Many of the applications are third-party. There are big, BIG players in that space: for customer relationship management, finance, employee forms, HR functions, training records, procurement, and...you get the drift.
My understanding is that there are always efforts underway to unify and integrate the data that is behind all of these systems. I choose to think that's a good thing. Data is great. We all need data.
As a usability engineer, I am often conducting interviews with users of corporate systems to learn about their needs and behaviors. Without fail, when talking about the current process or system, one of these "enterprise" system comes up, and they ask me if I can make it work better. (I have found that some do not distinguish it from the system we are talking about--"IT is IT", which is a fair assessment, or they see our conversation as an opportunity to get a word in with someone who claims to understand usability--a "while we're on the subject..." sort of thing).
Over and over again, we roll out awful user interfaces that come out of the box with the software. We have the expectation that the manufacturer has a huge staff of user experience engineers and has done the research and design to make usable software.
In my informal inquiries into this, I've found that it's usually due to some combination of the following issues. The evaluators and implementers (usually IT people):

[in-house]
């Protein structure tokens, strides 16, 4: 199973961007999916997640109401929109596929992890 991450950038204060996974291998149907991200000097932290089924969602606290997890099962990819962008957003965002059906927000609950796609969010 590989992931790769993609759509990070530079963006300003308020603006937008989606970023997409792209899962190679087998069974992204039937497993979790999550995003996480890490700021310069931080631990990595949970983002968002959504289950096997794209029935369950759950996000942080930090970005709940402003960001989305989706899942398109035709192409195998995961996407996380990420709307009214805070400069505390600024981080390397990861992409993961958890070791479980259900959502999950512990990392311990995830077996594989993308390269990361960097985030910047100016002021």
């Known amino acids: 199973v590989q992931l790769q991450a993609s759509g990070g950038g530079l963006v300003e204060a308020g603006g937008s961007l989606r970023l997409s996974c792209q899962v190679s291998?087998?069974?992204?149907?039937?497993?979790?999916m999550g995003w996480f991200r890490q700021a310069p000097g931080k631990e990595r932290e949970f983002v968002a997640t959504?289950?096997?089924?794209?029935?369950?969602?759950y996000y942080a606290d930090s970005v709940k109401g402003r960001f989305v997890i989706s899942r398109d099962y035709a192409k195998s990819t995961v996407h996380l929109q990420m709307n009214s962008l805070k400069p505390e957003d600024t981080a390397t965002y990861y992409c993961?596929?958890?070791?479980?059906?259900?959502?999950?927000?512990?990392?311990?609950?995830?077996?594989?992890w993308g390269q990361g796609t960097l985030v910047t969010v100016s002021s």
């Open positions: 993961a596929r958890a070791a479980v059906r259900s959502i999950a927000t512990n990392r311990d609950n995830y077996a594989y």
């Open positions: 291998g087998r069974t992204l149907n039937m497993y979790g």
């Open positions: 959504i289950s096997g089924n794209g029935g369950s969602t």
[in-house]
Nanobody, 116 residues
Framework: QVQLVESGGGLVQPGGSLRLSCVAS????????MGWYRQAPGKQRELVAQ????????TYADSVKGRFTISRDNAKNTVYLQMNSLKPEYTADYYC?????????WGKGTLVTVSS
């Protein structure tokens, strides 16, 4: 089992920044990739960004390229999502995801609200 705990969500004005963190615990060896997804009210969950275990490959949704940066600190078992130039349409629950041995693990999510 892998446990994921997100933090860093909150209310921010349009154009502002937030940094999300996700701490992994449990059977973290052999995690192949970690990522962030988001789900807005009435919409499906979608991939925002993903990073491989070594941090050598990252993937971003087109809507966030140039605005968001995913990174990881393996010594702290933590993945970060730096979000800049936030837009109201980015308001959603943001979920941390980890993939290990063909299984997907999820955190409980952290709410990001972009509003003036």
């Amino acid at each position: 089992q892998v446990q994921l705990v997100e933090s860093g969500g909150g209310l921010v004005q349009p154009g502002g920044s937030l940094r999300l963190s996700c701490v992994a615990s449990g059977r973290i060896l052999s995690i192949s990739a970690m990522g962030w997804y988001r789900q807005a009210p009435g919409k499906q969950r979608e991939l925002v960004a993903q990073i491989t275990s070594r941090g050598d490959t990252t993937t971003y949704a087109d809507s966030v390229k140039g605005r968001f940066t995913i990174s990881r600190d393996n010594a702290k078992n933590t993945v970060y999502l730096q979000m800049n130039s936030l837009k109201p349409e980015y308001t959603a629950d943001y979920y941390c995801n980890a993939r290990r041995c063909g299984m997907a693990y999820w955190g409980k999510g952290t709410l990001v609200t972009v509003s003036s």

- thought it was usable out of the box
- relied on the hope the manufacturer has a huge staff of user experience engineers who did research and design to make usable software
- fixed a couple of things they saw, but did so without involving users
- felt usability work would add expense to the project
- obtained inadequate or incomplete usability services
- never even considered usability
Here are some lessons I've learned:
1. When evaluating third-party software, include sufficient usability work.
- An heuristic evaluation by one or more "experts", but not enough to say you've done usability work. In the end, the users are the experts in whether or not it's usable.
- Well-formed usability engineering does not add to the long-term cost of a project. In fact, it can save money (on training and support costs, to name a couple) and increase employee satisfaction.
- That doesn't have to mean a 257-page document of every use case including alternates and dependencies.
- A data-centric user interface is great for the 20% of users who understand the data; the other 80% of task-centric users probably need a different interface to support their tasks.
- Knowing your audience and usage scenarios can help you design for effectiveness, as well as usability testing throughout the implementation process.
- Don't drop a specialized application on everyone's desktop and expect everyone to immediately understand it or "figure it out".
- Remember that different people have different learning styles, so a multi-pronged approach is good.
- Don't assume that the third-party software manufacturer has done good human-centered design. They may have designed a convenient way to manipulate their data, but they are not the experts in how your employees do their jobs.